Seven prose pieces written using 'BrekDown', a text analysis and text generation program written in Turbo Pascal for IBM-compatible personal computers, devised in 1985 by the San Francisco programmer Neil J. Rubenking. 'Brekdown' can also blend the styles of two or more texts, and reconstruct a text with the characteristics of this blended style.
'The stories . . . I got "Brekdown" to mix text samples by two different writers in a kind of conceptual blender, and produce a new text with the characteristics of both. I produced seven stories, about ten pages each. The drafts that Brekdown gave me needed a lot of reworking. The story "Howling Twins" was heavily reworked from a draft originating in a blend of two text samples, one from Allen Ginsberg's notorious poem "Howl", and one from a chapter of "The Bobbsey Twins on a Bicycle Trip." The piece titled "Lonely Chaps" began as a sample from Radclyffe Hall's febrile novel of pre-war middle-class lesbian passion, "The Well of Loneliness", blended with "Biggles Defies the Swastika."
Source: Interview with John Kinsella, August 1999, John Kinsella website, www.johnkinsella.org (sighted 14/10/2002)
Big-hearted, moving and richly rewarding, That Deadman Dance is set in the first decades of the 19th century in the area around what is now Albany, Western Australia. In playful, musical prose, the book explores the early contact between the Aboriginal Noongar people and the first European settlers.
'The novel's hero is a young Noongar man named Bobby Wabalanginy. Clever, resourceful and eager to please, Bobby befriends the new arrivals, joining them hunting whales, tilling the land, exploring the hinterland and establishing the fledgling colony. He is even welcomed into a prosperous local white family where he falls for the daughter, Christine, a beautiful young woman who sees no harm in a liaison with a native.
'But slowly - by design and by accident - things begin to change. Not everyone is happy with how the colony is developing. Stock mysteriously start to disappear; crops are destroyed; there are "accidents" and injuries on both sides. As the Europeans impose ever stricter rules and regulations in order to keep the peace, Bobby's Elders decide they must respond in kind. A friend to everyone, Bobby is forced to take sides: he must choose between the old world and the new, his ancestors and his new friends. Inexorably, he is drawn into a series of events that will forever change not just the colony but the future of Australia...' (From the publisher's website.)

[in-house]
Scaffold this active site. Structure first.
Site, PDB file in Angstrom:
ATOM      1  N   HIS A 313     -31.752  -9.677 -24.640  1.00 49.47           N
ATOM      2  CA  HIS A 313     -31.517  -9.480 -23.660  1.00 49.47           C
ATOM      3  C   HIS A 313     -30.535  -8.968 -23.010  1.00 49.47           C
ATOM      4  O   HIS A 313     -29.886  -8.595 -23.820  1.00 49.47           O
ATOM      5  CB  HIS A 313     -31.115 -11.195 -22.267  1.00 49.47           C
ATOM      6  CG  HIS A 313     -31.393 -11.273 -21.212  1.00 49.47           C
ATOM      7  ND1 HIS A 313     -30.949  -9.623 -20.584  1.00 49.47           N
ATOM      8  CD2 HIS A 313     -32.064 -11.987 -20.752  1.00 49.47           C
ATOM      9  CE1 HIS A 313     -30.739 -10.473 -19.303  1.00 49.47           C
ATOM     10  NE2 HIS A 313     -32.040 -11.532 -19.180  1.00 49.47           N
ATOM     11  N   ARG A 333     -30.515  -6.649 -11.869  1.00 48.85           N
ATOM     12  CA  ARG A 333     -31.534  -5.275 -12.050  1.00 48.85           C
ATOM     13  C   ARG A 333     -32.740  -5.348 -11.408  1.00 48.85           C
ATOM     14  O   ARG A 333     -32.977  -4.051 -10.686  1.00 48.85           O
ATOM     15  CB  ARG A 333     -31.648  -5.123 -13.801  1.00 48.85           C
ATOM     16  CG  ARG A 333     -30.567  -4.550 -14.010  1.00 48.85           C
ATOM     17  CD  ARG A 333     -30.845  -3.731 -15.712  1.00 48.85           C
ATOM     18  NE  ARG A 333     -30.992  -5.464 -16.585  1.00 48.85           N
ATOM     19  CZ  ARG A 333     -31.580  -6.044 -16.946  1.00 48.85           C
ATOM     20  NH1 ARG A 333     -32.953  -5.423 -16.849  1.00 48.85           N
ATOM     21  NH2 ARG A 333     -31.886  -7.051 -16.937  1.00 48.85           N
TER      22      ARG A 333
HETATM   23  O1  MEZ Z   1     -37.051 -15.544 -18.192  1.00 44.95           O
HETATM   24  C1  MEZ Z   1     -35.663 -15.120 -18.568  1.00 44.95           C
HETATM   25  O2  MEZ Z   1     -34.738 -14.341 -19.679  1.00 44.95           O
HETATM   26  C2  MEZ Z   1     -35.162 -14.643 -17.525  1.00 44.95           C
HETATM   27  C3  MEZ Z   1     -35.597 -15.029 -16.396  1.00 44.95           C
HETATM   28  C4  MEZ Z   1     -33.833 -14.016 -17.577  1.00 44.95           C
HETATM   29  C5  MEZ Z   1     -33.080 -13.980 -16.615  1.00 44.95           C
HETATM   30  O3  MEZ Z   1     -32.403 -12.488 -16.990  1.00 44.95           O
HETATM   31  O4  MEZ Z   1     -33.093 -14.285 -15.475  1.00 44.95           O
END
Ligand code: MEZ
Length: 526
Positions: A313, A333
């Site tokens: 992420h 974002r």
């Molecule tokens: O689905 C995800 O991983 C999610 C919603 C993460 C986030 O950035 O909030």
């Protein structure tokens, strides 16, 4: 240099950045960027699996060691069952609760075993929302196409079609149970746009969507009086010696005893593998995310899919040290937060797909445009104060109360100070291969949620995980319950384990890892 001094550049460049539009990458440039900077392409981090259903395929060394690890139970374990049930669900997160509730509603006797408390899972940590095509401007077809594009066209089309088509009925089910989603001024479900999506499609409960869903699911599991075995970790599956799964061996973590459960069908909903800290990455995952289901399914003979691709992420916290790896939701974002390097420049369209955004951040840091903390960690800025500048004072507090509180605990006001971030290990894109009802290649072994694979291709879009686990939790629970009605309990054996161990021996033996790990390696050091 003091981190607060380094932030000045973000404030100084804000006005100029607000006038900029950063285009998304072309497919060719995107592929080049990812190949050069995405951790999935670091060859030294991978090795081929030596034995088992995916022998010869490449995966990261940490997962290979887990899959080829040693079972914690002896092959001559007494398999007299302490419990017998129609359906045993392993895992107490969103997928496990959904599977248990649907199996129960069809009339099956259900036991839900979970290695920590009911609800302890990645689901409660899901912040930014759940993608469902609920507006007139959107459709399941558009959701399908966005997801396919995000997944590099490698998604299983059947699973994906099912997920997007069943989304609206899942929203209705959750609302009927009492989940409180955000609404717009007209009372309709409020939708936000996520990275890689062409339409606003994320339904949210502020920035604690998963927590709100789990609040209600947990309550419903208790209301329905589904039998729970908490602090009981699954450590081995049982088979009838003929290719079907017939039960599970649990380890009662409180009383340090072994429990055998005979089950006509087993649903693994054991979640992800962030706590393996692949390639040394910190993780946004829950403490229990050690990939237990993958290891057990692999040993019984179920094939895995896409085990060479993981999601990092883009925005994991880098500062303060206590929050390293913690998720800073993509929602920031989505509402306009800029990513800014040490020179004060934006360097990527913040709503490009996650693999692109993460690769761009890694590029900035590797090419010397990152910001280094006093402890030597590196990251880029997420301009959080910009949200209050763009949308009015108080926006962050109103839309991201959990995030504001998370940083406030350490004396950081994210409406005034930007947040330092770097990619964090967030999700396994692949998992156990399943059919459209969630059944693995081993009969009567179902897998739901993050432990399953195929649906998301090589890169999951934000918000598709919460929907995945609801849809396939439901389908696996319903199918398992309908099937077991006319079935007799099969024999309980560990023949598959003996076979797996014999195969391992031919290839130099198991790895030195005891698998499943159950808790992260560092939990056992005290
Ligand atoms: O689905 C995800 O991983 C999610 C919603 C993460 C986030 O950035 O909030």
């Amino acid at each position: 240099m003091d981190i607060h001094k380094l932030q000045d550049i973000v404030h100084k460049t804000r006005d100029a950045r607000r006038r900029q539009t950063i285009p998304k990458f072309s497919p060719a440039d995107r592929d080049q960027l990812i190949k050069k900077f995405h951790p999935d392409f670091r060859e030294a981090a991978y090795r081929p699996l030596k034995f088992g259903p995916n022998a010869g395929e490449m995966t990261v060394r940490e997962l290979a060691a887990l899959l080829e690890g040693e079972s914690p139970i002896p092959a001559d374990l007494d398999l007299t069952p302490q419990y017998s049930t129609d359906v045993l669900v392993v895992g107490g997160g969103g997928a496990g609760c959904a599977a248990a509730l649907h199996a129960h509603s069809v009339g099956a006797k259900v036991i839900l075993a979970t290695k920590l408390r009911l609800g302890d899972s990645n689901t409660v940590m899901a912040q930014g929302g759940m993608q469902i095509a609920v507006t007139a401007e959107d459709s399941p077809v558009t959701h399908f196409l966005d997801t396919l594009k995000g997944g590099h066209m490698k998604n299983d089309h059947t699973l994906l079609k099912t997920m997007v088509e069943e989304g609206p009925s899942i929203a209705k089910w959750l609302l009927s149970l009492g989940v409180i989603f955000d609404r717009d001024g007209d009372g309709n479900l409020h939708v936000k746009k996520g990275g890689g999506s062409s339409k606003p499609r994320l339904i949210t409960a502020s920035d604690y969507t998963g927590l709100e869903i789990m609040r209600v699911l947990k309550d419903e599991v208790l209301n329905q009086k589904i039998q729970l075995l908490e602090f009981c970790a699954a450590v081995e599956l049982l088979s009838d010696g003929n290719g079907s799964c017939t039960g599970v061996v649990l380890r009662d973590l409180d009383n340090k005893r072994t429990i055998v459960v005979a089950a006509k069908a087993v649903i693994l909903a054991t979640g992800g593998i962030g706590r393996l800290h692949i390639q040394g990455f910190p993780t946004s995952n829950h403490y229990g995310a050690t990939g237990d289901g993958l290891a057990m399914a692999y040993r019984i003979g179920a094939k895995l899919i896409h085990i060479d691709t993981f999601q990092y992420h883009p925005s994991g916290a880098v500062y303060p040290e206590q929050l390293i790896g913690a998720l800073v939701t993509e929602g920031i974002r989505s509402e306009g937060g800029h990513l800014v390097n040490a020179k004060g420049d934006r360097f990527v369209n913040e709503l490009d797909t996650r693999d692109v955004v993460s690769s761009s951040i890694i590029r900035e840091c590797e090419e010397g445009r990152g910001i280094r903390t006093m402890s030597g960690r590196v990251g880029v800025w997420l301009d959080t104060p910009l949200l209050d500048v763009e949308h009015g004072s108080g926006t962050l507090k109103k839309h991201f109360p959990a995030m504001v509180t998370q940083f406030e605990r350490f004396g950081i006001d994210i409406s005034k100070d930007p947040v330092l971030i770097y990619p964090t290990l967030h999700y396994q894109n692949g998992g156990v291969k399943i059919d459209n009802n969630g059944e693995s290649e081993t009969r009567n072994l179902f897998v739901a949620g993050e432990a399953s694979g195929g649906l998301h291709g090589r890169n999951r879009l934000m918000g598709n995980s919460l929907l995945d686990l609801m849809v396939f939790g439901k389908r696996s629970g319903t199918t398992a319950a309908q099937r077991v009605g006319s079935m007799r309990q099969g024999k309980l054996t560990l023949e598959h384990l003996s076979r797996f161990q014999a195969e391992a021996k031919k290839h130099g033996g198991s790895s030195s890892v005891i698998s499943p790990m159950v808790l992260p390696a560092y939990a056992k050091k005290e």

"The Arrival is a migrant story told as a series of wordless images that might seem to come from a long forgotten time. A man leaves his wife and child in an impoverished town, seeking better prospects in an unknown country on the other side of a vast ocean. He eventually finds himself in a bewildering city of foreign customs, peculiar animals, curious floating objects and indecipherable languages. With nothing more than a suitcase and a handful of currency, the immigrant must find a place to live, food to eat and some kind of gainful employment. He is helped along the way by sympathetic strangers, each carrying their own unspoken history: stories of struggle and survival in a world of incomprehensible violence, upheaval and hope." (Source: Shaun Tan website)
The Complete Maus
A Visit from the Goon Squad
This unit involves the detailed study of at least one creative text from the respective media under review—print, cinema, television and computers. The texts are usually contemporary and the texts used are designed to help students understand how a medium works. The unit examines at least one television show such as Glee or True Blood, one feature film, for instance, Inception or Black Swan, and one contemporary novel. The medium of computing is studied through a text that can only 'happen' in the medium of computing, such as Interactive Fiction (IF).